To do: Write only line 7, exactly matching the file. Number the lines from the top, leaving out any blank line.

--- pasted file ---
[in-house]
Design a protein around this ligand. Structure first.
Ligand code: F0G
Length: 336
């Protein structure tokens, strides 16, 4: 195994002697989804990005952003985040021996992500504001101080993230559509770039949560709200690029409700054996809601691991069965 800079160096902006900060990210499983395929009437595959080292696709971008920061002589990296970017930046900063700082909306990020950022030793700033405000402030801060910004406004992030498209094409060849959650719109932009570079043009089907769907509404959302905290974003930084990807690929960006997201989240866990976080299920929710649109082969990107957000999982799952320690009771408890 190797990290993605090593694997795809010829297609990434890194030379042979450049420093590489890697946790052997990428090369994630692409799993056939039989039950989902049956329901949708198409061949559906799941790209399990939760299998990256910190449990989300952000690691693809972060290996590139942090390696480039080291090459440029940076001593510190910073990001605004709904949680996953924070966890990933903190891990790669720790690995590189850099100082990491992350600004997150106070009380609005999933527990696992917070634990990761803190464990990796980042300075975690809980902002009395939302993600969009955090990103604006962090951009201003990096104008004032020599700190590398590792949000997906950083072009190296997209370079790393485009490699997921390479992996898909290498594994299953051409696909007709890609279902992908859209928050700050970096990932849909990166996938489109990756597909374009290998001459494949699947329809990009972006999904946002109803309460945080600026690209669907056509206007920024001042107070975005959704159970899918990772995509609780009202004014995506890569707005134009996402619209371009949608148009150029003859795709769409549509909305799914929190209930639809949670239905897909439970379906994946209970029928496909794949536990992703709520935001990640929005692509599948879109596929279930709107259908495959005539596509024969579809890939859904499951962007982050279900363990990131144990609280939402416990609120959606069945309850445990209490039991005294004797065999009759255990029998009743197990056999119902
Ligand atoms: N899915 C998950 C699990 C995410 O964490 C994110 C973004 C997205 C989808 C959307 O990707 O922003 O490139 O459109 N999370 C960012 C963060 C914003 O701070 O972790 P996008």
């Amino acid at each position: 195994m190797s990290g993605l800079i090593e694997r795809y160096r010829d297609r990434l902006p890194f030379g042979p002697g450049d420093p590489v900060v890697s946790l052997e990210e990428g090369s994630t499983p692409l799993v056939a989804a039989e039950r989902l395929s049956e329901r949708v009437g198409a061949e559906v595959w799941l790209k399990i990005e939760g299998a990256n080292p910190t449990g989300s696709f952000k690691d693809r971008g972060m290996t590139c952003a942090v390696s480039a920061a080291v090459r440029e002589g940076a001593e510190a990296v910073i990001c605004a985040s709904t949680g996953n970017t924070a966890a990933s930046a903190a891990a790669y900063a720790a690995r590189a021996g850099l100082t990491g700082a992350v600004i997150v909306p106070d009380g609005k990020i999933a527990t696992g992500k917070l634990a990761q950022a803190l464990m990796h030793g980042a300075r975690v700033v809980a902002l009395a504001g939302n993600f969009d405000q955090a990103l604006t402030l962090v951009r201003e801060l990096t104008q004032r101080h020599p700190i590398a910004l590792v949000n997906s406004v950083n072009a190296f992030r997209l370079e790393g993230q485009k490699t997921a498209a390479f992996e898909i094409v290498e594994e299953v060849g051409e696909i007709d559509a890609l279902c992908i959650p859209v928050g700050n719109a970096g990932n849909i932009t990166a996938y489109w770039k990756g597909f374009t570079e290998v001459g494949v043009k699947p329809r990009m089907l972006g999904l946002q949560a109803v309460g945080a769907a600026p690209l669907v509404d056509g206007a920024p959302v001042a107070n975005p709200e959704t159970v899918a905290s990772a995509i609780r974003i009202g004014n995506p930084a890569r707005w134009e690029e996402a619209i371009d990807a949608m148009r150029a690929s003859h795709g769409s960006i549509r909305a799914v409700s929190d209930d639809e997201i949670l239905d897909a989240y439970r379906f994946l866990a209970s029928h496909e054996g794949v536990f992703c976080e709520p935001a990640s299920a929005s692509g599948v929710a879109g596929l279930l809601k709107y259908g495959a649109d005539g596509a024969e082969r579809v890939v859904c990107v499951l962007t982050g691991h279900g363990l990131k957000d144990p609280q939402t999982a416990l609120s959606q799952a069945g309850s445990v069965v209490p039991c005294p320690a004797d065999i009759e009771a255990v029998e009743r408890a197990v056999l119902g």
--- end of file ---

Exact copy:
């Amino acid at each position: 195994m190797s990290g993605l800079i090593e694997r795809y160096r010829d297609r990434l902006p890194f030379g042979p002697g450049d420093p590489v900060v890697s946790l052997e990210e990428g090369s994630t499983p692409l799993v056939a989804a039989e039950r989902l395929s049956e329901r949708v009437g198409a061949e559906v595959w799941l790209k399990i990005e939760g299998a990256n080292p910190t449990g989300s696709f952000k690691d693809r971008g972060m290996t590139c952003a942090v390696s480039a920061a080291v090459r440029e002589g940076a001593e510190a990296v910073i990001c605004a985040s709904t949680g996953n970017t924070a966890a990933s930046a903190a891990a790669y900063a720790a690995r590189a021996g850099l100082t990491g700082a992350v600004i997150v909306p106070d009380g609005k990020i999933a527990t696992g992500k917070l634990a990761q950022a803190l464990m990796h030793g980042a300075r975690v700033v809980a902002l009395a504001g939302n993600f969009d405000q955090a990103l604006t402030l962090v951009r201003e801060l990096t104008q004032r101080h020599p700190i590398a910004l590792v949000n997906s406004v950083n072009a190296f992030r997209l370079e790393g993230q485009k490699t997921a498209a390479f992996e898909i094409v290498e594994e299953v060849g051409e696909i007709d559509a890609l279902c992908i959650p859209v928050g700050n719109a970096g990932n849909i932009t990166a996938y489109w770039k990756g597909f374009t570079e290998v001459g494949v043009k699947p329809r990009m089907l972006g999904l946002q949560a109803v309460g945080a769907a600026p690209l669907v509404d056509g206007a920024p959302v001042a107070n975005p709200e959704t159970v899918a905290s990772a995509i609780r974003i009202g004014n995506p930084a890569r707005w134009e690029e996402a619209i371009d990807a949608m148009r150029a690929s003859h795709g769409s960006i549509r909305a799914v409700s929190d209930d639809e997201i949670l239905d897909a989240y439970r379906f994946l866990a209970s029928h496909e054996g794949v536990f992703c976080e709520p935001a990640s299920a929005s692509g599948v929710a879109g596929l279930l809601k709107y259908g495959a649109d005539g596509a024969e082969r579809v890939v859904c990107v499951l962007t982050g691991h279900g363990l990131k957000d144990p609280q939402t999982a416990l609120s959606q799952a069945g309850s445990v069965v209490p039991c005294p320690a004797d065999i009759e009771a255990v029998e009743r408890a197990v056999l119902g």